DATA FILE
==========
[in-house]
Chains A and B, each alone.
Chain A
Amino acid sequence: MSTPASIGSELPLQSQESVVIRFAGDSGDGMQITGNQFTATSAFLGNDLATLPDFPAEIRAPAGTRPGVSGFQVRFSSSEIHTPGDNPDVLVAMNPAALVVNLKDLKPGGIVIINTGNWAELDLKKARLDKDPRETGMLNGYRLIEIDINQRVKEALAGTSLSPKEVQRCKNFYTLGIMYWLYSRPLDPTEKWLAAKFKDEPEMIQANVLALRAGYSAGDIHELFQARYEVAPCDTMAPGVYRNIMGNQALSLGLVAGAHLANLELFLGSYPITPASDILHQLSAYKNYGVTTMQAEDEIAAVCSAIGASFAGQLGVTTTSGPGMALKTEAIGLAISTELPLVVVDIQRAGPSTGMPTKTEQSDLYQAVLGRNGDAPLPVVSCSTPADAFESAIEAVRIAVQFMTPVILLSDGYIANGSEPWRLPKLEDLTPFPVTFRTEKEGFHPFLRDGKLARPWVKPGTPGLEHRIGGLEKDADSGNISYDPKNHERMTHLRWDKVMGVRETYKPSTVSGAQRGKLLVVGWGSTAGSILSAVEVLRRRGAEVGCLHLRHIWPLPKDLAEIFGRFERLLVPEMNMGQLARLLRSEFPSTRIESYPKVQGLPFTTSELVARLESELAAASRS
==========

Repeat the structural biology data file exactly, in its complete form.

[in-house]
Chains A and B, each alone.
Chain A
Amino acid sequence: MSTPASIGSELPLQSQESVVIRFAGDSGDGMQITGNQFTATSAFLGNDLATLPDFPAEIRAPAGTRPGVSGFQVRFSSSEIHTPGDNPDVLVAMNPAALVVNLKDLKPGGIVIINTGNWAELDLKKARLDKDPRETGMLNGYRLIEIDINQRVKEALAGTSLSPKEVQRCKNFYTLGIMYWLYSRPLDPTEKWLAAKFKDEPEMIQANVLALRAGYSAGDIHELFQARYEVAPCDTMAPGVYRNIMGNQALSLGLVAGAHLANLELFLGSYPITPASDILHQLSAYKNYGVTTMQAEDEIAAVCSAIGASFAGQLGVTTTSGPGMALKTEAIGLAISTELPLVVVDIQRAGPSTGMPTKTEQSDLYQAVLGRNGDAPLPVVSCSTPADAFESAIEAVRIAVQFMTPVILLSDGYIANGSEPWRLPKLEDLTPFPVTFRTEKEGFHPFLRDGKLARPWVKPGTPGLEHRIGGLEKDADSGNISYDPKNHERMTHLRWDKVMGVRETYKPSTVSGAQRGKLLVVGWGSTAGSILSAVEVLRRRGAEVGCLHLRHIWPLPKDLAEIFGRFERLLVPEMNMGQLARLLRSEFPSTRIESYPKVQGLPFTTSELVARLESELAAASRS